Charles Dickens’ Magic Book

Inside Magic Image of Charles "Chuck" Dickens

One of the things we love at Inside Magic is the news feature Magic From Unexpected Places.  The column appears weekly in The Mystic Hollow News and brings treasures from the secular, non-magic world to its primarily magic-oriented readership.  For instance, most readers are not aware that Charles Lindbergh stayed awake during his record-breaking trek across the North Atlantic by mentally re-arranging an imaginary deck of cards in the Si Stebbins’ stack.  We don’t know if that’s true, but it was in the column last week and caught our attention.

Today’s edition was a celebration of Charles Dickens because this is (or was) his birthday or death day or graduation day or something of significance celebrated for the last century.  We will look up the exact day we’re celebrating and supplement this post if it seems important or makes us look better.

The point, though, is Magic from Unexpected Places has portions of two tricks that were to be included in a magic book Charles Dickens was drafting at the time of his death – which may or may have been 100 years ago today.

The first is apparently some sort of card trick:

Magic of a kind but unlike the kind thought by the idle minds of youth or recalled fondly by the old.  Not a magic of love or nature but of things! – created not by God – at least not directly, although all concede it must start with Him and proceed through substances of nature to be hewn by man for noble purpose.  A tree to be felled, be sawn into boards, or slivered into to pulp for paper upon which the markings of gamblers and the tarot would imprint  to make one side memorable (by the fashion of numbers and symbols of hearts and other fanciful images selected to stir one’s memory and emotion) and the other quite forgettable.

We have read this passage several times and think it is just describing a deck of cards: different on one side, same on the other. 

The second passage begins what we understand to be a 35-page (single-spaced) description of Charles Dickens’ version of The Cups and Balls:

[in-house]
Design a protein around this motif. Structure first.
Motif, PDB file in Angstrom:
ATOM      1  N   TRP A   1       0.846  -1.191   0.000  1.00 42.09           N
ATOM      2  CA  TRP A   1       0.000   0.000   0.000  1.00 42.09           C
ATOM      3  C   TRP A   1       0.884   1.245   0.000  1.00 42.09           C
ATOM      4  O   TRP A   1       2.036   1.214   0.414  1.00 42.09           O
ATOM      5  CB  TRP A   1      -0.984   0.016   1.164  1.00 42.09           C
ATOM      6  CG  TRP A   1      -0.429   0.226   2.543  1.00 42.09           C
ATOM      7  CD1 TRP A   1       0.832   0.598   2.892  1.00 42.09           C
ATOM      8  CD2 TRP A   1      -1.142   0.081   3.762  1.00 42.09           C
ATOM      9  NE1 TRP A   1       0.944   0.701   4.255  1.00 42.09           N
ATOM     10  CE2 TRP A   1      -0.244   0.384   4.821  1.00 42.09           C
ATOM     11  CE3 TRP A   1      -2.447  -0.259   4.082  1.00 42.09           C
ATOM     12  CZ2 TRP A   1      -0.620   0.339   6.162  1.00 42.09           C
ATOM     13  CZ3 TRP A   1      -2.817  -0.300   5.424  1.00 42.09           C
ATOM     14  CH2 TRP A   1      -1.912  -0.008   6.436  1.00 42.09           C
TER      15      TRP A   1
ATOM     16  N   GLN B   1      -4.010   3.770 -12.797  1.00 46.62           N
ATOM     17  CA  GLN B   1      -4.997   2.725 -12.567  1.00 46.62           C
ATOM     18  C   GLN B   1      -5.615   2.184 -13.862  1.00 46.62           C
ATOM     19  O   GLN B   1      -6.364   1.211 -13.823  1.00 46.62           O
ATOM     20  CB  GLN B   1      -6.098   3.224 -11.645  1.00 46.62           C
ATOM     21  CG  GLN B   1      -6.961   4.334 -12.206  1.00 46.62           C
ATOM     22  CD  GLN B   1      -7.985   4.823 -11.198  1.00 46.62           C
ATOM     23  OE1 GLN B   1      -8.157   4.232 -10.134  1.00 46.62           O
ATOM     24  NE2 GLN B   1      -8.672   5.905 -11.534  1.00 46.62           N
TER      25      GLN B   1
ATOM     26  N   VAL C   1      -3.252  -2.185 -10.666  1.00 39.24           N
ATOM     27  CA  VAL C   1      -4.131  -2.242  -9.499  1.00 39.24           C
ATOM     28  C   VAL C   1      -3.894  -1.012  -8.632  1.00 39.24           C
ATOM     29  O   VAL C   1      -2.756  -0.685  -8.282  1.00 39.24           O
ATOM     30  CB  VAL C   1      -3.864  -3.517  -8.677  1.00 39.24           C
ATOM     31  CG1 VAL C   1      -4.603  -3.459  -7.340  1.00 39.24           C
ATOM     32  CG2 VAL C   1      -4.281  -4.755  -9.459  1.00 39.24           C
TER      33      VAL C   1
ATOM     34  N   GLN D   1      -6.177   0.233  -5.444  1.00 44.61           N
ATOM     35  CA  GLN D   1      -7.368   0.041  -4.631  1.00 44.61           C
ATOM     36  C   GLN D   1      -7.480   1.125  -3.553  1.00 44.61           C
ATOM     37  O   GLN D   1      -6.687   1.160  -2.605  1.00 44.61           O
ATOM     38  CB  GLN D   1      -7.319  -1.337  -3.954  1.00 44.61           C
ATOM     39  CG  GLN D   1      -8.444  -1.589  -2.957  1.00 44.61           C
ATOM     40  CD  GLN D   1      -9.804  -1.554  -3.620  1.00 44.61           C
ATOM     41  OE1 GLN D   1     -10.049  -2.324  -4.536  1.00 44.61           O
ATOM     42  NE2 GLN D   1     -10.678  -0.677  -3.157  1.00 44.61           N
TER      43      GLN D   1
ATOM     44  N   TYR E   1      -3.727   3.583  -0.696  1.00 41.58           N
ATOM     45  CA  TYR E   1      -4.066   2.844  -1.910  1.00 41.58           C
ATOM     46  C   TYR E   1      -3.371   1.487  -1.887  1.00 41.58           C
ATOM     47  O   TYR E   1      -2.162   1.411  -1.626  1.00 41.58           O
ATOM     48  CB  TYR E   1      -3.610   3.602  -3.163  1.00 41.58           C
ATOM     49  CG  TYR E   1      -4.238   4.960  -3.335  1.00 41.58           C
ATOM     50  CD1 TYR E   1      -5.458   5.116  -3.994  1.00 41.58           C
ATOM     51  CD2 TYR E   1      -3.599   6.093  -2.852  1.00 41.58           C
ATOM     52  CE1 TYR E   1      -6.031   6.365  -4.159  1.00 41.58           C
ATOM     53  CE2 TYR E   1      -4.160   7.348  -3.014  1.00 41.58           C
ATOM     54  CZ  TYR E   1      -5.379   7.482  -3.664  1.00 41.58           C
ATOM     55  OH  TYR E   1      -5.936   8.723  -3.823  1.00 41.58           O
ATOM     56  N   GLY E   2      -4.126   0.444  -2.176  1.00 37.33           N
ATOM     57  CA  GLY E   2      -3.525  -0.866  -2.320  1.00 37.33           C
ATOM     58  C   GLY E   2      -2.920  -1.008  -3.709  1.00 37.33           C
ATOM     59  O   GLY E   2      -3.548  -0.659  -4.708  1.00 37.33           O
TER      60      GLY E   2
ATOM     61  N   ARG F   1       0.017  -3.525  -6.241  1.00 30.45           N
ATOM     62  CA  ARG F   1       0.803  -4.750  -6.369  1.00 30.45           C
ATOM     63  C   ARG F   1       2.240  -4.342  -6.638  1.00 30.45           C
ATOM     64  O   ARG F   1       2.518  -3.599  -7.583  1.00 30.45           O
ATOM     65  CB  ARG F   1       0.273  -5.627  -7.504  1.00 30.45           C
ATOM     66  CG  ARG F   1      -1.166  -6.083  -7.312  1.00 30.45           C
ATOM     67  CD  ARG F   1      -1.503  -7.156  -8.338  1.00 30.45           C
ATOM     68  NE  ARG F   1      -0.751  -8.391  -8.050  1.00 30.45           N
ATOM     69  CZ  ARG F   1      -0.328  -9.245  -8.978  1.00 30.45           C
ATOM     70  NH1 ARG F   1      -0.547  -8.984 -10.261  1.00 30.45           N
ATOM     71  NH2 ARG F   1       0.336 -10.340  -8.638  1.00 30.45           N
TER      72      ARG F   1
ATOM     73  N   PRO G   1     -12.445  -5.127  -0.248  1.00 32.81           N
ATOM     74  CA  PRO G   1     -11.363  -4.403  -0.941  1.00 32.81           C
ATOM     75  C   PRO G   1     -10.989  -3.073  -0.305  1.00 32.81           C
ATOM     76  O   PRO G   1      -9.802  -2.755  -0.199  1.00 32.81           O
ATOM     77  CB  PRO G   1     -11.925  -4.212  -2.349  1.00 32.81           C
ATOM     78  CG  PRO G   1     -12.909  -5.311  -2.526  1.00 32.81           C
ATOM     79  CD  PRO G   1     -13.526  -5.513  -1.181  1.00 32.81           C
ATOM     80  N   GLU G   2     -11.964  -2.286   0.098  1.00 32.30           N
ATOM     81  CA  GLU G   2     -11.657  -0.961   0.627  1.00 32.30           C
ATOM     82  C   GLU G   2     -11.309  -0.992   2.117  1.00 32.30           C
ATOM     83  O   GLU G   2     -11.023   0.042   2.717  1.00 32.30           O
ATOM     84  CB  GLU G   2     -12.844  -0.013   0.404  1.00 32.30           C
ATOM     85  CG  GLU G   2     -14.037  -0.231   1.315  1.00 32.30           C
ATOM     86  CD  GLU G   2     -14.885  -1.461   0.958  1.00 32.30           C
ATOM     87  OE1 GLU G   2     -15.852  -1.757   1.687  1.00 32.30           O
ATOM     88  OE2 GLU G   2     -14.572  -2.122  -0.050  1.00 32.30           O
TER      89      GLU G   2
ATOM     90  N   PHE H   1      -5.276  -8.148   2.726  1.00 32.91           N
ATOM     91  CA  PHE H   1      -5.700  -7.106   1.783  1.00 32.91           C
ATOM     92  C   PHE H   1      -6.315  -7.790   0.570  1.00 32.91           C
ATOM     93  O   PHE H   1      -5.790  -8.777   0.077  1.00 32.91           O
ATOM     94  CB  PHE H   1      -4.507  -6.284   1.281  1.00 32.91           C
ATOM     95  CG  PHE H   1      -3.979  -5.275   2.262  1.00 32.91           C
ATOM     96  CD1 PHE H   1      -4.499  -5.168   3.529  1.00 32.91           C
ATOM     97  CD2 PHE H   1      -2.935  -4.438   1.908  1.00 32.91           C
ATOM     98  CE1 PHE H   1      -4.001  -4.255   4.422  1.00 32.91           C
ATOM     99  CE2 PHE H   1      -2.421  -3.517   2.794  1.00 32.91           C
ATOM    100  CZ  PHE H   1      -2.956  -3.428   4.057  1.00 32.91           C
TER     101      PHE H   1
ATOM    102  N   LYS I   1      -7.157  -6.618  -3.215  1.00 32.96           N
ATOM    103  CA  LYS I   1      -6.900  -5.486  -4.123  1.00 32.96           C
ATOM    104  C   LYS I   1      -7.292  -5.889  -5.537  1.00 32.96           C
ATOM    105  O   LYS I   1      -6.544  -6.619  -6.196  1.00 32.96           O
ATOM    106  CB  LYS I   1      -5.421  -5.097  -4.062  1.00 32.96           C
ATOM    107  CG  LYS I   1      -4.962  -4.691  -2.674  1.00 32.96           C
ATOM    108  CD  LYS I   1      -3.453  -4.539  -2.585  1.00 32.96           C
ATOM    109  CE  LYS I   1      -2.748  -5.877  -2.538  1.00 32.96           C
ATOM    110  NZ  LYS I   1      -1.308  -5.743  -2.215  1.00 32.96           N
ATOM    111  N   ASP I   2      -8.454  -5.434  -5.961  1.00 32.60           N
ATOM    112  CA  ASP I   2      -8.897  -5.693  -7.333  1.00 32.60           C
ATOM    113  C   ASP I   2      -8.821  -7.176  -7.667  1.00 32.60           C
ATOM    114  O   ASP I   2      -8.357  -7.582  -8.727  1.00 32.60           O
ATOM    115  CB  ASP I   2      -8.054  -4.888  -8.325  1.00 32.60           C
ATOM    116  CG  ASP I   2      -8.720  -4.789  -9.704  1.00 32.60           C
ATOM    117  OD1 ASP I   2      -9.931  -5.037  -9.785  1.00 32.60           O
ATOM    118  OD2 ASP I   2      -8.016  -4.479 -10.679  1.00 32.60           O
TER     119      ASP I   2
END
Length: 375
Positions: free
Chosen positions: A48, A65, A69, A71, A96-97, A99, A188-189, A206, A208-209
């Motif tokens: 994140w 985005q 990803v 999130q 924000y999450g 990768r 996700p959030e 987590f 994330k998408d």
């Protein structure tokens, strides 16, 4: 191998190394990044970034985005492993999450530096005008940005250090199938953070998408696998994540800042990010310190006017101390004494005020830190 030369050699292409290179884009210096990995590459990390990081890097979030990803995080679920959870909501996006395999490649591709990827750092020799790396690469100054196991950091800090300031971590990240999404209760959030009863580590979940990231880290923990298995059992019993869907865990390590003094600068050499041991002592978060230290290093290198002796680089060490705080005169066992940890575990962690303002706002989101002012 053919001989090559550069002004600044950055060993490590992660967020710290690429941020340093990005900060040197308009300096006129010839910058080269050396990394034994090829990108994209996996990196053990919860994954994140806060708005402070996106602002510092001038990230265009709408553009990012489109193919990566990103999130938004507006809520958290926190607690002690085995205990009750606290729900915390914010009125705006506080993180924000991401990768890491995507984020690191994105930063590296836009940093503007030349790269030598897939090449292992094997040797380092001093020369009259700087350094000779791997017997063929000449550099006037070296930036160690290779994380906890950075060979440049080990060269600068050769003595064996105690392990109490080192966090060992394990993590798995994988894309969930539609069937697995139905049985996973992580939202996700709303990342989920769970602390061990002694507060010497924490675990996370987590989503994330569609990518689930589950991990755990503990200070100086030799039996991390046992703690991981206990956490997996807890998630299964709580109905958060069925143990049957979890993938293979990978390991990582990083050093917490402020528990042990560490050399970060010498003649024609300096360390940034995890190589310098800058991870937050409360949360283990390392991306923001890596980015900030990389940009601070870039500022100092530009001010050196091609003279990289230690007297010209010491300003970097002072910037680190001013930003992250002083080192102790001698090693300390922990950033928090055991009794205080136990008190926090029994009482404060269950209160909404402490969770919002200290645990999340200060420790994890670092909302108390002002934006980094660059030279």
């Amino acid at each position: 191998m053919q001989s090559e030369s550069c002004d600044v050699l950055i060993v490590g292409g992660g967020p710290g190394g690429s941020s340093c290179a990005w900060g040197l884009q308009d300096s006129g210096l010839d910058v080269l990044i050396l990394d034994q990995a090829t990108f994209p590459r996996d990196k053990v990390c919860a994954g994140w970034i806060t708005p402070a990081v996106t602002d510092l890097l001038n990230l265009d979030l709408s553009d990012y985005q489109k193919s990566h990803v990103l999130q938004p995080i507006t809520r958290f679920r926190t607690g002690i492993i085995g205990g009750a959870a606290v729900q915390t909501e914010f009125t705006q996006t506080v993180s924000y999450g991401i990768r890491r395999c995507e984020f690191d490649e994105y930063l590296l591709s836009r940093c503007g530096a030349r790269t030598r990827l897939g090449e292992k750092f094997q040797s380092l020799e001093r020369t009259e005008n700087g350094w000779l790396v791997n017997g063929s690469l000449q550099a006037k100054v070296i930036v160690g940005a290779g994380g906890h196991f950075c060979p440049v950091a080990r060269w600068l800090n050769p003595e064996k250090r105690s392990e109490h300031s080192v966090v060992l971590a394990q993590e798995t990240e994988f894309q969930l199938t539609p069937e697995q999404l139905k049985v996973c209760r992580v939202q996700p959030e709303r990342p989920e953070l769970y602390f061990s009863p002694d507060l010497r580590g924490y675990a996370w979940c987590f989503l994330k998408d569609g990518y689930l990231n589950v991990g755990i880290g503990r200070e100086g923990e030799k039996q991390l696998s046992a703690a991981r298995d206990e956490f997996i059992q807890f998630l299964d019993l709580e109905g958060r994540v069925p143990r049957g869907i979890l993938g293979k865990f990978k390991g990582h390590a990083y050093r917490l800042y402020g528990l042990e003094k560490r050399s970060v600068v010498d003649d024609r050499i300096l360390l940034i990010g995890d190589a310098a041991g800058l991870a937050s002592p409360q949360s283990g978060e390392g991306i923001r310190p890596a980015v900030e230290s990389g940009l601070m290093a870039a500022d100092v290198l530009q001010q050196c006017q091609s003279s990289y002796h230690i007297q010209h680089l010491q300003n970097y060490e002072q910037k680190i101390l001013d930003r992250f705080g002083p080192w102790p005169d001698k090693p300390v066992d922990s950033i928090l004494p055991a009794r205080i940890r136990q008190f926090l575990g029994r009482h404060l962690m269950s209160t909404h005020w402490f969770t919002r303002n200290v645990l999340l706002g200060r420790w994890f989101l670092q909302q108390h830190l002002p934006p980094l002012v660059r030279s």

Appointed as if by chance but clearly anything by random, each of the three orbs had in their respective chalice a home and hiding place but from what?  The balls were not vulnerable nor impervious to injury – they were just perfect, round and solid with nothing more and nothing less.  Their partners in performance sat in perfect line awaiting movement from within or, if some real  magic were to occur, without their gilded sides.

We are guessing that despite his knowledge about the nitty-gritty world of London’s poor and homeless, Charles Dickens would have failed miserably at street magic proper.  In the time it would have taken to ask a participant to take a card, the seasons would have changed or the volunteer would have passed on from old age. 

There was a great exchange between Charles Dickens and one of his readers on the topic of magic books and the tendency to describe all volunteers with disrespectful terms; like “stooge,” “fool,” “victim,” “dope,” or “ne'er-do-well.”  The topic is relevant to magicians today:

When upon being invited to the platform not as a gallows or stump for final passing but to join – ho! Join indeed! – in the show proper portrayed from the perspective of the audience but now on stage yet not quite a performer but nonetheless performing as if he – and it is almost certainly a man because a woman being either too wise or weary to permit such an invitation to be extended towards her from any stranger much less the stranger who has already professed the ability to lie and trick with such guile and skill that the assembled patrons are to give their best attempt to catch him in (or catch him out – as may be the case, as it certainly would be) – had their collective wits within his own sweating skull and through his confused eyes blinded by the lime-fed lights before him could see any clearer what was about to happen or, to the point, happen to him in retribution for his bountiful spirit and delightful joining in an event for the benefit of all at his sole expense.  The “dunce” or “spot” becomes the full lever and fulcrum of the cruel effect visited upon him and exposing (accurately or no) his ignorance or lack of grace or lack of schooling or (in the case of a poor old codger who was apparently a professor of some local university, Professor Cheer) a lack of undergarments. 

Boy, they sure don’t write ‘em like they used to.  Happy birthday or whatever it is to Charles Dickens and of course to David Copperfield, his son, we think.     

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